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FMDQ Group Admits Dangote N100bn Bond, MTN N100bn Commercial Paper



Bola Onalede

FMDQ Group Admits Dangote N100bn Bond, MTN N100bn Commercial Paper

The FMDQ Group has said the admission of both the N100 billion Dangote Cement bond and MTN Nigeria N100 billion commercial paper shows the potential of the Nigerian capital market to drive and stimulate economic growth.

The two most capitalised companies successfully raised N100 billion each from the capital market despite the COVID-19 pandemic and economic downturn.

Bode Onadele, the Chief Executive Officer, FMDQ Group, said: “The market has been yearning for corporate benchmarks for pricing and valuation of securities in the debt capital market, and coming at a time when the resilience of the Nigerian financial market is being tested by the impact of the COVID-19 pandemic is even more commendable.

The success of these issuances by the premier and largest business conglomerate in Africa, Dangote Industries, through its subsidiary, Dangote Cement Plc, and the debut made into the Nigerian debt capital market by leading telecommunications giant, MTN Nigeria Communications Plc, lay credence to the untapped and great potential of the Nigerian capital market to support sustainable development in Nigeria, and the confidence of investors, as well as the commitment of FMDQ Group to empower the markets to deliver prosperity to Nigeria and Nigerians.”

Onadele said the inclusion of the two securities on FMDQ validates the innovative and credible capital market solutions championed and efficiently delivered by FMDQ, over the last few years.

“Furthermore, in line with its mandate to facilitate global competitiveness of the Nigerian financial market, FMDQ, through these admissions, has provided the market and its diverse stakeholders – local and international – the much-needed corporate benchmark for the bond and commercial paper markets,” he said.

Is the CEO/Founder of Investors King Limited. A proven foreign exchange research analyst and a published author on Yahoo Finance, Businessinsider, Nasdaq,, Investorplace, and many more. He has over two decades of experience in global financial markets.

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Moniepoint Strengthens Efforts to Broaden Financial Access Through Collaborative Initiatives



Africa’s fastest growing financial institution according to the Financial Times, Moniepoint Inc has underscored the importance of a collaborative and holistic stakeholder approach in advancing the future of financial and economic inclusion in Nigeria.

In a recent high-level policy dialogue between the Nigerian government and private sector stakeholders held in Washington DC, Moniepoint Inc’s Group CEO and Co-Founder, Tosin Eniolorunda emphasized the importance of public-private collaborations in addressing trust issues that have slowed down the adoption of innovative fintech solutions for economic and financial inclusion.

“Moniepoint has long championed the importance of financial inclusion and financial happiness. Building trust with the public and government, improving business and consumer access to the financial system are critical issues that are aligned to our philosophy. As testament to our commitment, we recently launched a landmark report investigating Nigeria’s informal economy, highlighting opportunities to widen financial inclusion to historically underserved communities. The outputs from this strategic gathering will go a long way in bolstering Nigeria’s economy even as closer linkages are formed from public-private collaboration which will be a huge boost to the overall development and competitiveness of the larger financial services industry,“ Eniolorunda said.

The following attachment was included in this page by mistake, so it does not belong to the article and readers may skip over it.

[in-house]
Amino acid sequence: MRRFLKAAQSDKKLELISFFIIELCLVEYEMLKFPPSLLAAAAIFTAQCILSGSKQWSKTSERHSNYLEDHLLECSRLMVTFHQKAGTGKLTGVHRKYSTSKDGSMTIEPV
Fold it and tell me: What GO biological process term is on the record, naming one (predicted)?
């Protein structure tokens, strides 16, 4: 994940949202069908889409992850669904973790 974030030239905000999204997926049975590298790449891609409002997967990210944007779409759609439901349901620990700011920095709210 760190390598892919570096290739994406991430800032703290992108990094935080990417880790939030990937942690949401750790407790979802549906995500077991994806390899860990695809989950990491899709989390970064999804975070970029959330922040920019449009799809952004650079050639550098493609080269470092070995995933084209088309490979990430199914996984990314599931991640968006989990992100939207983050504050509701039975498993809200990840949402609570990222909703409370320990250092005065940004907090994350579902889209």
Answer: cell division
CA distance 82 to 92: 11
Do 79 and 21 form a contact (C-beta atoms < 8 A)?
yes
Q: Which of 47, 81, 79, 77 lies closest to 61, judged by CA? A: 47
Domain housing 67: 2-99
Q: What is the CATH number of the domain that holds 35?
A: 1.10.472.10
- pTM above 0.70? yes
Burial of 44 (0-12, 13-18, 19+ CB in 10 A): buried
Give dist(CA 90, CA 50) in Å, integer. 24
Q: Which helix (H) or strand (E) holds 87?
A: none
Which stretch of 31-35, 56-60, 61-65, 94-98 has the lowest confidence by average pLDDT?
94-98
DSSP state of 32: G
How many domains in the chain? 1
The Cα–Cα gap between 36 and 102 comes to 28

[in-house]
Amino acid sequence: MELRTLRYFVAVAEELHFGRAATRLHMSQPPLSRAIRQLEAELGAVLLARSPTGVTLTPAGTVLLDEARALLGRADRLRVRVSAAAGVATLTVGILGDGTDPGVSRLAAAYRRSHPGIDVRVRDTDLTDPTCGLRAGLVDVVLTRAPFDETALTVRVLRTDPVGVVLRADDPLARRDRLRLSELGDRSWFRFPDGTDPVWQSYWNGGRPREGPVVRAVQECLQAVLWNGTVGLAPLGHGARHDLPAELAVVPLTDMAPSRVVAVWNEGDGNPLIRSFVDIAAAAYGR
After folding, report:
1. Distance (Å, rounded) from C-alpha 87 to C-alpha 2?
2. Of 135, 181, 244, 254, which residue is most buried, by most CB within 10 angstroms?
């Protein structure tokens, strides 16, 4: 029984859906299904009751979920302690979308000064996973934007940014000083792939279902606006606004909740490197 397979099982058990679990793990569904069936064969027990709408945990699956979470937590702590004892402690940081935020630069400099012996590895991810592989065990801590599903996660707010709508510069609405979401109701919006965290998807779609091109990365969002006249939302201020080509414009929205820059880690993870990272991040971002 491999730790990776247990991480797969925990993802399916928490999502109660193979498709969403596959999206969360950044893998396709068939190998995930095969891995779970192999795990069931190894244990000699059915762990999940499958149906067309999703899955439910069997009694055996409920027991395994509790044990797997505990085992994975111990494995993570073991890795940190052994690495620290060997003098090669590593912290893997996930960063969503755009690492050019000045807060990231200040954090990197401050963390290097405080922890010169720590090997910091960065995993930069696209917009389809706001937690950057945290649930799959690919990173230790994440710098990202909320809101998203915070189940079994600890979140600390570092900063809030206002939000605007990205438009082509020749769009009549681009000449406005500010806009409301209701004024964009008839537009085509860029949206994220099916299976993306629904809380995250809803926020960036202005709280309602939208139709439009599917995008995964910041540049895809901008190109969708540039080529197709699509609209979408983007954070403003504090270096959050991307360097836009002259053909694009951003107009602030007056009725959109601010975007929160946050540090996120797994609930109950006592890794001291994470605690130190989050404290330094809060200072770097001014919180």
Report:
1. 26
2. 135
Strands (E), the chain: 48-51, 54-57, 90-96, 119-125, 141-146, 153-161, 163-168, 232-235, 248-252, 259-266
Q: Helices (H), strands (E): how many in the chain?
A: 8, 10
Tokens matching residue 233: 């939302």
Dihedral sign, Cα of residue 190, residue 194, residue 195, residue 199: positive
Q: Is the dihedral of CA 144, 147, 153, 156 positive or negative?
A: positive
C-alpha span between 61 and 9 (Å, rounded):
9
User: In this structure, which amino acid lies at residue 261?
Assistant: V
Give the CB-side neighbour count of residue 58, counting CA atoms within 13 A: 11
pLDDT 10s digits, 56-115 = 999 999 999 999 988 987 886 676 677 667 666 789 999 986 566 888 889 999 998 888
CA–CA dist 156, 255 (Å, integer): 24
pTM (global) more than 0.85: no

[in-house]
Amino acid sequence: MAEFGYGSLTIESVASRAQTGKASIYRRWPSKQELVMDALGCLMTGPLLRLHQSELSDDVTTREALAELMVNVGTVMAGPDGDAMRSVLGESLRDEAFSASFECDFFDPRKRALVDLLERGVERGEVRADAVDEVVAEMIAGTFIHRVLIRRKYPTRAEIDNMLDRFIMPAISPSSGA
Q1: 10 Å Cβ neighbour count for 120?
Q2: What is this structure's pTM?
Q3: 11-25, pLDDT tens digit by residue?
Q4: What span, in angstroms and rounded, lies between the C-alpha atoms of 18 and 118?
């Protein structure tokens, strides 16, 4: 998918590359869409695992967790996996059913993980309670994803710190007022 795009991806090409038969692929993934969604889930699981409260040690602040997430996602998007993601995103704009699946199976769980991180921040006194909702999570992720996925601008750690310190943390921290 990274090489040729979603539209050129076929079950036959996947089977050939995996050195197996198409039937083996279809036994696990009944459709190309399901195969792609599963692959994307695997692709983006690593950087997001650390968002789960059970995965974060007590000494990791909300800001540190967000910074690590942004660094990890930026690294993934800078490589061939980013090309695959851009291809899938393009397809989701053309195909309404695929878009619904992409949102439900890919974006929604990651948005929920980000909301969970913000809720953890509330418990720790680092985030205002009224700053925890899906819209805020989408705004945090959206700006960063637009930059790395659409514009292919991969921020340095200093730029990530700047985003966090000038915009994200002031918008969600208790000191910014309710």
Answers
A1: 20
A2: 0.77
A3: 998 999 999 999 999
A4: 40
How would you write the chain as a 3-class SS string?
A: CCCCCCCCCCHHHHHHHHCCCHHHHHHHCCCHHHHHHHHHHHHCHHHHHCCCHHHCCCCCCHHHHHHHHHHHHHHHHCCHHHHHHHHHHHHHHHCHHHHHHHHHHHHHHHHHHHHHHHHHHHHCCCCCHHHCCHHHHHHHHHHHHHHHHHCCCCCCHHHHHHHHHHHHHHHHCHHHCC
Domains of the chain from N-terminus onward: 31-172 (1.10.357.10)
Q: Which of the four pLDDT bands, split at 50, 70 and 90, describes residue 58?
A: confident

The event, which brought together government officials, regulators, law enforcement agencies, and fintech industry leaders at George Washington University, aimed to leverage innovative approaches to drive a sustainable and inclusive financial system in Nigeria.

Vice President Kashim Shettima, addressing the gathering via video conference, highlighted the urgent need for financial innovation to drive Nigeria’s economic and financial inclusion agenda. This aligns with President Bola Ahmed Tinubu’s administration’s commitment to bringing over 30 million unbanked Nigerians into the formal financial sector as part of the Renewed Hope Agenda.

“We must develop a sustainable collaboration approach that will facilitate the adoption of inclusive payment to achieve our objective of economic and financial inclusion,” Vice President Shettima stated.

The dialogue focused on addressing critical challenges in Nigeria’s fintech ecosystem, including regulatory oversight, security concerns, and trust issues that have hindered the widespread adoption of innovative financial solutions. Participants explored strategies to enhance interagency collaboration and strengthen the overall effectiveness of the financial services sector.

Philip Ikeazor, Deputy Governor of the Central Bank of Nigeria responsible for Financial System Stability, emphasized the need for ongoing collaboration among all stakeholders to meet the goals of the Aso Accord on Economic and Financial Inclusion.

Kashifu Inuwa Abdullahi, Director General of the National Information Technology Development Agency (NITDA), advocated for “a digital-first approach and the fusion of digital literacy with financial literacy to address trust issues affecting the inclusive payment ecosystem.”

Dr. Nurudeen Zauro, Technical Advisor to the President on Economic and Financial Inclusion, explained that the gathering aims to evolve into a mechanism providing relevant information to the Office of the Vice President, facilitating effective decision-making for economic and financial inclusion.